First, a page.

Scoop Review of Books

Archive for May, 2009

Master Storyteller’s Challenging Vision

In Search of the Friendly Islands, by Kalafi Moala
Hawai’i: Pasifika Foundation Press, and Auckland, NZ: Pacific Media Centre (AUT University), Reviewed by JOSEPHINE LATU

KALAFI MOALA is no stranger to confrontation. He spent 26 days in prison for contempt of Parliament in 1996, along with MP ‘Akilisi Pohiva and fellow journalist Filo ‘Akau’ola. The ruling was later overturned as “unconstitutional’, but this didn’t stop the government from systematically banning his newspaper, Taimi ‘o Tonga, from the kingdom—twice.

Before that, the Taimi team had suffered numerous raids, arrests and threats at the hands of the authorities.
Things have changed since these landmark crackdowns on media freedom—Moala has now taken over the government-owned Chronicle as one of his projects—but as his new book proves, the man still has an uncompromising propensity to ‘tell it like it is’.

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Juan Goytisolo: the Revenge of the Exile

Tim Bowron marks the twentieth anniversary of the publication of the first English translation of a great work of ‘anti-patriotism’. count

Juan Goytisolo, Count Julian, translated by Helen Lane, Serpent’s Tail, London, 1989.

It is funny how sometimes a single line or fragment of a poem can lead you off on the strangest of intellectual tangents.

I had this experience a couple of years ago when I was reading the through some of the Civil War poetry of Antonio Machado – the Spanish modernist writer and contemporary of Unamuno and Azorín – and came across a sonnet entitled ‘A Otro Conde Don Julian’ (‘To the other Count Julian’).

The poem itself, which is far inferior to Machado’s earlier works such as those found in his collection Campos de Castilla (Lands of Castille) and of primarily propagandistic rather than literary significance, held little interest for me, but the title, which casts the nationalist leader General Franco in the role of the arch-betrayer of Spanish history Count Julian of Ceuta held a strange fascination.

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Five Translated Children’s Books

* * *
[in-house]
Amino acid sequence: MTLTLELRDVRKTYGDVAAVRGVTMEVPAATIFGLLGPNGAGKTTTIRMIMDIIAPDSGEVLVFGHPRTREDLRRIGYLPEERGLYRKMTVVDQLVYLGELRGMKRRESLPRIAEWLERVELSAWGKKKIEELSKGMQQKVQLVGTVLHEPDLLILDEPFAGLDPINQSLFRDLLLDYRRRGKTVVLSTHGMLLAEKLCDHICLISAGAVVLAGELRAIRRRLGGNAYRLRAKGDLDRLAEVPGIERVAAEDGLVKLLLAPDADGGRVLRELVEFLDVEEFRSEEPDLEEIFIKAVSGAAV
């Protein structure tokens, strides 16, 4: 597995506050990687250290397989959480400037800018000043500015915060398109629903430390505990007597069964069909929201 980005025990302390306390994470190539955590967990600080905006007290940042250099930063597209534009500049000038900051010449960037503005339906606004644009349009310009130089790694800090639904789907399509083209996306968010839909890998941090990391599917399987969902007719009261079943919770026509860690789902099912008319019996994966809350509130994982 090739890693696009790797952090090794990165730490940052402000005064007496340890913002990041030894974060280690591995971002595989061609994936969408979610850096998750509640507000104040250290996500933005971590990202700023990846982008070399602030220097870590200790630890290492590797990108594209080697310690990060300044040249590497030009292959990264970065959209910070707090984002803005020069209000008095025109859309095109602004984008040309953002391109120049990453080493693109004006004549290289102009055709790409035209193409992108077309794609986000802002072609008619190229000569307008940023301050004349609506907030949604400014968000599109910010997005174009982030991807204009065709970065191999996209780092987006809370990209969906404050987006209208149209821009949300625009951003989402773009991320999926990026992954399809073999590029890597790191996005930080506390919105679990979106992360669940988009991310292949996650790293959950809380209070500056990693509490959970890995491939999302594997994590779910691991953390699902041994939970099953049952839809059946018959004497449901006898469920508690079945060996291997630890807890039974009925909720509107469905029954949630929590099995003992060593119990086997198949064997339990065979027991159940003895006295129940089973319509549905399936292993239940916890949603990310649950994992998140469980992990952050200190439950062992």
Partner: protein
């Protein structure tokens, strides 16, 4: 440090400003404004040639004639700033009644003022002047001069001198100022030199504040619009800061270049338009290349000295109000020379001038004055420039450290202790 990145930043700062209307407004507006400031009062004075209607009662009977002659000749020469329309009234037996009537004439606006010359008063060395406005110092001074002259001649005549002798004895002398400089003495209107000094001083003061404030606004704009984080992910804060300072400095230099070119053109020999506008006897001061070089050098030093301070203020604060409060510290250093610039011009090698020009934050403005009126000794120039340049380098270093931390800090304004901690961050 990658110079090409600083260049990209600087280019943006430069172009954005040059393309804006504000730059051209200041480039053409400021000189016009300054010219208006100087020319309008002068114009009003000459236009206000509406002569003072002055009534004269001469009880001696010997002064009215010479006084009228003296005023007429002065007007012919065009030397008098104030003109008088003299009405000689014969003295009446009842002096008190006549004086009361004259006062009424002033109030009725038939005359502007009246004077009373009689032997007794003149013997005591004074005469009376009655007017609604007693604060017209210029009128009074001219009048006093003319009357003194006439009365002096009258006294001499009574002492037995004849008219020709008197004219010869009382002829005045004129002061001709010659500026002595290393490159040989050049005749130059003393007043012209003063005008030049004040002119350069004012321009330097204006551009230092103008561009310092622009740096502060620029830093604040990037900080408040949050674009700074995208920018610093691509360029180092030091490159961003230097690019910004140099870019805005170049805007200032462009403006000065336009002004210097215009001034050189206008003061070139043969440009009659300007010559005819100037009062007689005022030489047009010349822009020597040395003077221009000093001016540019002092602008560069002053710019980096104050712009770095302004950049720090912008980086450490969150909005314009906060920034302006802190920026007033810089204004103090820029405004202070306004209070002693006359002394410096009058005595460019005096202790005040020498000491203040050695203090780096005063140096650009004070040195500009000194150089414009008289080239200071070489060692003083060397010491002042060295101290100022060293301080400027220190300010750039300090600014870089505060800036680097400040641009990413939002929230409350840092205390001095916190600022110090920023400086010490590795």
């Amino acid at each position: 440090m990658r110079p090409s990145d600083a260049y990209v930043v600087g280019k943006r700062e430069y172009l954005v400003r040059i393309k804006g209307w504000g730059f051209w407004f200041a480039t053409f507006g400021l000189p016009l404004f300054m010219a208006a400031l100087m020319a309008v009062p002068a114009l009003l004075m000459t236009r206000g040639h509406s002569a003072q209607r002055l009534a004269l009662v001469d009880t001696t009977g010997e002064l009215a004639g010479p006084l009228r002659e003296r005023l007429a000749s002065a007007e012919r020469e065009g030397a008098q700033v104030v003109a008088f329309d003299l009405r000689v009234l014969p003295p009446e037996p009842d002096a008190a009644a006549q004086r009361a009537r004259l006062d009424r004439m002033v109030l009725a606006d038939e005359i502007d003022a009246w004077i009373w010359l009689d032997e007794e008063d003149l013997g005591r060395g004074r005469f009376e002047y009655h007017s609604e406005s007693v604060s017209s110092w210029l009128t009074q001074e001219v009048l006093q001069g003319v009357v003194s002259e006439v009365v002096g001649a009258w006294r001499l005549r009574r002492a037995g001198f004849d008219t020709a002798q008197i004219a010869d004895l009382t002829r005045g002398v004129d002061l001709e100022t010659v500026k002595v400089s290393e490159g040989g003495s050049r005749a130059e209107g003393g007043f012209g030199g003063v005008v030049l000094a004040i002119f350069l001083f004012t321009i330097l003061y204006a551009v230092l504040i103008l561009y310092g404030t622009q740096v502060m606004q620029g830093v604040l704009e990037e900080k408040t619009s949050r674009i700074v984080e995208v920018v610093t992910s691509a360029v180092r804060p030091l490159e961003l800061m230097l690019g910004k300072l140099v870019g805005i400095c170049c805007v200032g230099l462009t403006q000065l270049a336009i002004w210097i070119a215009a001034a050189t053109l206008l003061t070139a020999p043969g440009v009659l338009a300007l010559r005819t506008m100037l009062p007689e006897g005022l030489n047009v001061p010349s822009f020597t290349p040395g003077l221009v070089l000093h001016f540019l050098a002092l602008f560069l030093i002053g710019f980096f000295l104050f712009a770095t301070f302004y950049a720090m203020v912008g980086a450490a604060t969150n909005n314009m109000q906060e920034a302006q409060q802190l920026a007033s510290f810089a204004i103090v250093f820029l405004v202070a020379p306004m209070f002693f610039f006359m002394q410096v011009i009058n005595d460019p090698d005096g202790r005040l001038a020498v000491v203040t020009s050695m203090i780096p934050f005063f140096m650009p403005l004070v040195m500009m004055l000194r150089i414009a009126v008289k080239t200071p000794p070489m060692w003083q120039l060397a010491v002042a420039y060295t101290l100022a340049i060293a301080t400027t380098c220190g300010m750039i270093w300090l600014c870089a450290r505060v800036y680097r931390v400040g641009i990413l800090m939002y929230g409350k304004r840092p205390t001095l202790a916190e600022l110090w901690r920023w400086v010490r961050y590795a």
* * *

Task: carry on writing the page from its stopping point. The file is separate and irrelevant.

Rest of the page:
fearsome-fiveBy Camilla During
Gecko Press is a boutique publishing house, the brainchild of New Zealander Julia Marshall. She specialises in publishing foreign children’s books which she then gets translated into English. Marshall is careful to choose “curiously good books from around the world by well-established authors and illustrators”.

Gecko Press publications (which now number over thirty) continue to impress me with both the calibre of the authors and illustrators as well as the unstinting production values.

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Hidden Treasure

The Hidden by Tobias Hill
Faber and Faber, 2009. Reviewed by MARIA McMILLAN

It’s an interesting time to be reading a book about a man whose remorse over past wrongs is saturated in denial and self pity. The Hidden is a wonderful book. It shines out in an era where many conversations analyse and contextualise acts of violence to the point of making them disappear. That’s a clever and comforting conjuring trick, but one that author, Tobias Hill, refuses to engage in.

Ben Mercer is an Oxford academic whose speciality is Sparta, a civilisation he’s obsessed about since childhood. We meet him his first night in Greece. He’s left Oxford, his ex-wife, and his daughter who doesn’t want him to go. Ben appears a nice guy. Recognisably flawed and vulnerable. He’s lost and sad and missing the married life he feels like he should be leading. He feels sorry for himself and we feel sorry for him.

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A Brief Description of An Alternative View

The Scoop Reivew of Books is happy to be able to to re-publish Scott Hamilton’s introduction to Ted Jenner’s recently published Writers in Residence and other captive fauna.

For Reality, Against Certainty: an Introduction to Ted Jennerted27s-book-cover1

I first encountered the name Ted Jenner in 1991, when I was fossicking in the dimly-lit back shelves of the Rosehill College library. Ted was one of the writers included in The New Fiction, the fat, baffling collection of ‘experiments in prose’ edited and introduced by Michael Morrissey, a man whom I then imagined to be related to the lead singer of The Smiths. The texts in The New Fiction broke all the golden rules we had been taught by our English teachers at Rosehill: there were stories without plots, let alone trick endings, pages broken into multiple columns of texts, and characters whose names seemed to change with every new paragraph. Read more »

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